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The books are filled with the names of kings
Was it kings who hauled the craggy blocks of stone?
In the evening when the Chinese Wall was finished
Where did the masons go?”
THE German playwright/poet Bertolt Brecht, in his poem above deplores the emphasis on “big-ups” in popular histories in Western countries about the working man's contributions to building these societies.
With regards to the circum English-speaking Caribbean region, Professor O. Nigel Bolland of Colgate University in the U.S., in his recently published ‘The Politics of Labour in the British Caribbean’ has done a really fine and excellent job in correctly chronicling a suprisingly still prevalent view about true nation builders. As he writes, it isn't only political party and trade union leaders who deserve all the accolades.
Like Brecht, Dr. Bolland doesn't however fall into the self-defeating syndicalist/anarchist trap as some early European labour tendencies did. That approach held that all leadership is inherently elitist, leading workers' interests into a dead end. He recognises there is a need for a disciplined structured leadership. It must be equipped with an understanding of socio-economic and political workings of society so as to devise appropriate tactics and strategies.
How do non-working class allies such as middle class elements fit in? The importance of this “superb and consummate study” as colleague Dr. Franklin Knight of John Hopkins University aptly describes it in the book's Foreword, lies in how Dr. Bolland links the struggles of working people, through their democratic political culture and organisations, with what he terms the “relevant national” context. This context includes the commandeering of the workers' movement in some instances by opportunists among whom Dr. Bolland cites Jamaica's Alexander Bustamante and Grenada's Sir Eric Gairy.
But in a remarkably detailed and convincing manner, he also examines regional and global influences and pressures including the impact of the Second World War and ‘Cold War’ on Caribbean trade union and national politics during the 1940s and 1950s.
In his opening chapter “The social and cultural legacies of colonialism and slavery”, Dr. Bolland, a sociologist, reminds us that the various forms of oppression during those periods resulted in and shaped the dynamics of the struggle for freedom at all levels such as for better living conditions and adult suffrage.
There are other necessary chapters with such titles as ‘Racial consciousness and class formation’, ‘The Labour Rebellions 1934-39’ and ‘Authoritarianism in the institutionalisation of the labour Movement’.
‘The Labour Rebellions’, focuses on countries such as Bahamas and Belize, making for a refreshing change from the Jamaica-Trinidad-Barbados emphasis so frequently found in histories of this significant period.
Guyana is also there. In these days of distressing reports about racial divisions in Guyana and Trinidad and Tobago between the African and Indo parts of the populations, there are several references to labour strikes involving unity of the races. Quoting Guyanese historian Walter Rodney, Dr. Bolland dismisses the opportunist theory that Afro-Guyanese, for example, still bear ill will against Indian comrades (and by implication the segmentation into racially based political parties) because of alleged lack of unity in the early days. Dr.Bolland, regrettably, has to however conclude: “The early trade unions of Guyana, instead of overcoming the ethnic division of the colonial society, reflected and ultimately reinforced them, to the long-term detriment of society”.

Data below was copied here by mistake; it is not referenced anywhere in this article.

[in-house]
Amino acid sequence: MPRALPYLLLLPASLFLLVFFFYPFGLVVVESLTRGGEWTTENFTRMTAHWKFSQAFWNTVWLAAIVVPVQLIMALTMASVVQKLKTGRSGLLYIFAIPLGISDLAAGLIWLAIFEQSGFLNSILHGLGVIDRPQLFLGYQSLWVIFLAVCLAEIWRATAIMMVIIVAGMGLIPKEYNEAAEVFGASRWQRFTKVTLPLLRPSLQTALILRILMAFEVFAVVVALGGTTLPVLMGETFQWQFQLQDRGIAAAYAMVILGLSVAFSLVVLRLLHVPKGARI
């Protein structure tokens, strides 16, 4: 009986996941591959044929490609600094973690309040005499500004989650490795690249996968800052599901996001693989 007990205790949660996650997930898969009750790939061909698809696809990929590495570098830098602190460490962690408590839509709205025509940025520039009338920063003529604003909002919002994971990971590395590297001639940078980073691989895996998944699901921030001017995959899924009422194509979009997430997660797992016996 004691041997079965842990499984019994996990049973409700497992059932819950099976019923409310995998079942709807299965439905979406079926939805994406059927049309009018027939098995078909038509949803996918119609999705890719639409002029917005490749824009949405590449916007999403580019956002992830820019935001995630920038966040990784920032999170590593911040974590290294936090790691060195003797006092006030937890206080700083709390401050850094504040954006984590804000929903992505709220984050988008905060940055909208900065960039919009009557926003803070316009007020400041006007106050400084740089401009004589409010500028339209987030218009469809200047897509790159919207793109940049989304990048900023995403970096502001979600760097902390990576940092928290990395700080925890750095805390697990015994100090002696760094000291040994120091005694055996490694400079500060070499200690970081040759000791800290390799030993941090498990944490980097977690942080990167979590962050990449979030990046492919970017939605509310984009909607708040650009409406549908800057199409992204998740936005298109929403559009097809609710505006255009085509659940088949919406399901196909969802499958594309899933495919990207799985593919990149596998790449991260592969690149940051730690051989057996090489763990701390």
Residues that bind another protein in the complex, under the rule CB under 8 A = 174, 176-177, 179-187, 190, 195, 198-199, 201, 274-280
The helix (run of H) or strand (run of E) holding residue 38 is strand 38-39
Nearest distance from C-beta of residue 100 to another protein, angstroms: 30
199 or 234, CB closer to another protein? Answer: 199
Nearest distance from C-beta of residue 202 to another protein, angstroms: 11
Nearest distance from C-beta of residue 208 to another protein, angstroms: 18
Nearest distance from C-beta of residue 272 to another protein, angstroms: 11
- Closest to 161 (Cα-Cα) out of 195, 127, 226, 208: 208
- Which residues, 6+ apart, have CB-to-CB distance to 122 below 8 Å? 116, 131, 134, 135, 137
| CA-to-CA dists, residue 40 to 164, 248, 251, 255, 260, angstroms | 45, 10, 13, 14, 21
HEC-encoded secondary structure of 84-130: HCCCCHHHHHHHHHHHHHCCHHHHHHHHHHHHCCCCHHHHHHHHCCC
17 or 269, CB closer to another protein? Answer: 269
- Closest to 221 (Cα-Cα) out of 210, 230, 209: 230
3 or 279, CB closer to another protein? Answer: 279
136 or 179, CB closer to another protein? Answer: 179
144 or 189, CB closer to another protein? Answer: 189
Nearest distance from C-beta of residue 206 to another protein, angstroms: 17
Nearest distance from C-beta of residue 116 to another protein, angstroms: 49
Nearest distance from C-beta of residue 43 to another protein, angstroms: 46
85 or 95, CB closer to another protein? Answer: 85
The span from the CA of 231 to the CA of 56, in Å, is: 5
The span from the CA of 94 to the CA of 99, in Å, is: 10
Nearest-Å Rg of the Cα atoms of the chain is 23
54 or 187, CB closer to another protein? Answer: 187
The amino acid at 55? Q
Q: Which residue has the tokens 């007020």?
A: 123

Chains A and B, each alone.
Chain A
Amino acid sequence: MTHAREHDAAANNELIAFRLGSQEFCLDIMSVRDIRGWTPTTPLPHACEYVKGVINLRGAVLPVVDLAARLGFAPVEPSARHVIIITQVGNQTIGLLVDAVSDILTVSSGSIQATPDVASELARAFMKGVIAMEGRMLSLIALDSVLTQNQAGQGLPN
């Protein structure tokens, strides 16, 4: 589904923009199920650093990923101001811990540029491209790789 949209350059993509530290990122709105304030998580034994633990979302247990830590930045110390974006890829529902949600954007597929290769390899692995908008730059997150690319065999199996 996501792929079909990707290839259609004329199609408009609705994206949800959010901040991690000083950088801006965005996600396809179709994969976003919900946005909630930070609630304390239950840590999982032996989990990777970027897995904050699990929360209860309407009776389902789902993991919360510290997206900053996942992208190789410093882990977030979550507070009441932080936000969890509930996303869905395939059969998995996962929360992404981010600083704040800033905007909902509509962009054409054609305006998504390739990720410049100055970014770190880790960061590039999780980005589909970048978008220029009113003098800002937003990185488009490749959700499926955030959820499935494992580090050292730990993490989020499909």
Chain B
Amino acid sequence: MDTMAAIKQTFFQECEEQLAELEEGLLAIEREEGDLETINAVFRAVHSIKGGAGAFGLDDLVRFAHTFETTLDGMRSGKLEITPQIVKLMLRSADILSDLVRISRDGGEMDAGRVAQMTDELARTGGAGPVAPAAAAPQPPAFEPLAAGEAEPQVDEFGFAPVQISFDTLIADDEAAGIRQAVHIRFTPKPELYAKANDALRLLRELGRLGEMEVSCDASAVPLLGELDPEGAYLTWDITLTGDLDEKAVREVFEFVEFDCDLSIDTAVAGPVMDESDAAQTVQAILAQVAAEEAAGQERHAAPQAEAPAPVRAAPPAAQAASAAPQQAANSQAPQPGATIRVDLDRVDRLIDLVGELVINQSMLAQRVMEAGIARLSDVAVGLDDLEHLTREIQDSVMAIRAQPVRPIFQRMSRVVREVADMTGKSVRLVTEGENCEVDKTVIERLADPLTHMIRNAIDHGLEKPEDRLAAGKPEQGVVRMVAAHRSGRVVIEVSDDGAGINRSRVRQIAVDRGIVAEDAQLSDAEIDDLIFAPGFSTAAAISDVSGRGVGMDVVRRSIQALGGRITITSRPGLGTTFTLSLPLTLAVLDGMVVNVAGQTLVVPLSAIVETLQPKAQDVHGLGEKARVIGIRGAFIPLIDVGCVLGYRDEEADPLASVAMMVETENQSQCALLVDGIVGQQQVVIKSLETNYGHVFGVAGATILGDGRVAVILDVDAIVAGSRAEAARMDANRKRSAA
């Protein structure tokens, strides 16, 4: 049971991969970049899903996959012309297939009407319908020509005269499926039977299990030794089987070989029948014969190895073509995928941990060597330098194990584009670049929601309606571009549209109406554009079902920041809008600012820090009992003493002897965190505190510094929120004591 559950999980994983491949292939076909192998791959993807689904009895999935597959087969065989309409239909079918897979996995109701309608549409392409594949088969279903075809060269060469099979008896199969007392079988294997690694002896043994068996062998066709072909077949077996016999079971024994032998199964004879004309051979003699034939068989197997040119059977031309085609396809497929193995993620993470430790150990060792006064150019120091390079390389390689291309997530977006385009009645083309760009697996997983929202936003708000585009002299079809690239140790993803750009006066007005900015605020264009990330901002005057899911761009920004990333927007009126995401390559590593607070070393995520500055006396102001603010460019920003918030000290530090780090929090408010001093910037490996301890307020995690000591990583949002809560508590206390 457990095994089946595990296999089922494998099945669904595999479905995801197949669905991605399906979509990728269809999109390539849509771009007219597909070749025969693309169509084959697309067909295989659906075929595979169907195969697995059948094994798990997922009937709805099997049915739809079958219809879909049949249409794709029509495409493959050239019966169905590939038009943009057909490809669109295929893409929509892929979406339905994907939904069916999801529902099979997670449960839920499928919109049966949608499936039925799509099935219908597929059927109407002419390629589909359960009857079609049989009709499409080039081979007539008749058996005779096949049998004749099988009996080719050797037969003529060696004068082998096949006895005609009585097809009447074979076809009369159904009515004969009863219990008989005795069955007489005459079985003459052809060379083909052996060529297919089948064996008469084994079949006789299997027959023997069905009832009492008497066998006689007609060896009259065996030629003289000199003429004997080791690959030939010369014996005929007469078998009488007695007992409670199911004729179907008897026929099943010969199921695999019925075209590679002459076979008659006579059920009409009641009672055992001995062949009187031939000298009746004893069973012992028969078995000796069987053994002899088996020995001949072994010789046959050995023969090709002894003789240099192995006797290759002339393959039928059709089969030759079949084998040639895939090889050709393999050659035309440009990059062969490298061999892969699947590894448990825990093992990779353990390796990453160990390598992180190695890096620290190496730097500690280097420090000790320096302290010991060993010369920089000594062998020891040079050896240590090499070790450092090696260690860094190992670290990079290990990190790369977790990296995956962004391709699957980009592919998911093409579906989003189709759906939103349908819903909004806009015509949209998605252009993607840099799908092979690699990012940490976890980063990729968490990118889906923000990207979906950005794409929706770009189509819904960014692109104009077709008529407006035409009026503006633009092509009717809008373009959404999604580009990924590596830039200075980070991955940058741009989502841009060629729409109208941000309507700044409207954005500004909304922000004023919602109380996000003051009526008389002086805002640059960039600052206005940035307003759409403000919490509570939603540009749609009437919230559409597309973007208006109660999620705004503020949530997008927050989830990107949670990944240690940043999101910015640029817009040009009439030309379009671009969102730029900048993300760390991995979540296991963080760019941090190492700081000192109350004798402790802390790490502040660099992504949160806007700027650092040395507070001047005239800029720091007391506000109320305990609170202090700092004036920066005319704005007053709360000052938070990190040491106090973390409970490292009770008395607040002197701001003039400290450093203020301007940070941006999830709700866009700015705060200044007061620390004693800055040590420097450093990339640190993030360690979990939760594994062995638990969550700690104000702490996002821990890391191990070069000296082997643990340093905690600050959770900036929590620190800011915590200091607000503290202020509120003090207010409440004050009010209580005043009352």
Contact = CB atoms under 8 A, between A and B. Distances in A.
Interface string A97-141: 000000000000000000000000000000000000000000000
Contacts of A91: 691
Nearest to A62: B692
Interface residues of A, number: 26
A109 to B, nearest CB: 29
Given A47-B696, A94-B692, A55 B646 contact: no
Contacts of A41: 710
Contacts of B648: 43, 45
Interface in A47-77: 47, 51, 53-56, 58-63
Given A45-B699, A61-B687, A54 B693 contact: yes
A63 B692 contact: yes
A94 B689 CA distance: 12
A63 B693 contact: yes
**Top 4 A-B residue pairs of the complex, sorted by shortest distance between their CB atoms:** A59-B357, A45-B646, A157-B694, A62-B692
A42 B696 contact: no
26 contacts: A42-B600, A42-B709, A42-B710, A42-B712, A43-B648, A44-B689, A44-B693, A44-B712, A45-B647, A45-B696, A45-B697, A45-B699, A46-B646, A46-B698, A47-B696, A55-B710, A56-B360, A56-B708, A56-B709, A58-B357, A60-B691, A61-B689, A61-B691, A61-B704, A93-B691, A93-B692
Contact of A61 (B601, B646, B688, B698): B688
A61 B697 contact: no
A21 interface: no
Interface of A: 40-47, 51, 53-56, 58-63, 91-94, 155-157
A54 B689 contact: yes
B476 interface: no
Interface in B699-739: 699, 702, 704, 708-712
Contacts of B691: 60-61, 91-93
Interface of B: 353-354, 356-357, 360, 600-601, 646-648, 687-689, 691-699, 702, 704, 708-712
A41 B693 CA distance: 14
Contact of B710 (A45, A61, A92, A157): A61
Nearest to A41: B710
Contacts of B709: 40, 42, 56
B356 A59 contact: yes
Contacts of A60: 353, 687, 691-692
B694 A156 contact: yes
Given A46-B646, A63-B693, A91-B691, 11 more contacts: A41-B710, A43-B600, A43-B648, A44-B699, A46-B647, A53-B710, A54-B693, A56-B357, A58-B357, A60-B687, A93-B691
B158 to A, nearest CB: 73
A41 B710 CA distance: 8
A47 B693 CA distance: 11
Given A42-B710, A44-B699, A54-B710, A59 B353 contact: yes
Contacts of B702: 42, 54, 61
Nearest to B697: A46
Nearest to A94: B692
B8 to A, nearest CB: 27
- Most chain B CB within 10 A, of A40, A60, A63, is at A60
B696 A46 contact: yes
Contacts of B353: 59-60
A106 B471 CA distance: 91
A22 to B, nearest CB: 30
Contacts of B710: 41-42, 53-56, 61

In a somewhat misleading (The PNC's neo-fascist rule was more than authoritarianism) sub-heading ‘Democracy against authoritarianism in Guyana’, Dr. Bolland gives a fairly accurate overview of the roots of present difficulties in Guyana. “Between 1962 and 1964, the (then government of the) United States through its Central Intelligence Agency (CIA) supported (Forbes) Burnham's efforts to destabilise the PPP government by fomenting strikes, riots and demonstrations.”
Tellingly, he continued: “The efforts of the PAC and PPP to overcome ethnic tensions in Guyana and to create a united class-based nationalist movement between 1946 and 1956 were reversed in the next decade. Although the potential for racial polarisation had existed ever since the indentured Indians were brought in to compete with the ex-slaves of African descent, this potential was realised only after the split in the PPP in 1955. For the next quarter century, as the PNC manipulated and rigged the electoral system to remain in power, racial politics predominated in Guyana. The 1996 election was the last fair and free election until 1992...”
Also in these days of regional insularity, where some Caribbean island administrations are trying to stop the inevitable free movement of peoples, there are some really wonderful references by Dr. Bolland to how people from different countries went to others to assist their comrades in the just struggles. Barbadian A. A. Thorne registered the British Guiana Workers League in 1931 for example while another Guyanese, Hubert Critchlow was the son of a Barbadian dock worker. In Trinidad, Brutus Ironman (what a name!) from Guyana and Bruce McConney from Barbados were among the leaders of the Trinidad Workingman's Association deported by colonial authorities.
This book, whose sterling scholarship could have been enhanced with photographs, is published by the Jamaican firm of Ian Randle Publishers. It is available in both paper and hard back and sourceable in at least the Barbadian library system. Despite shortcomings, it is essential reading for those wishing to add to their knowledge of the real builders of Caribbean countries and why their early struggles didn't lead to the shaping of even better societies.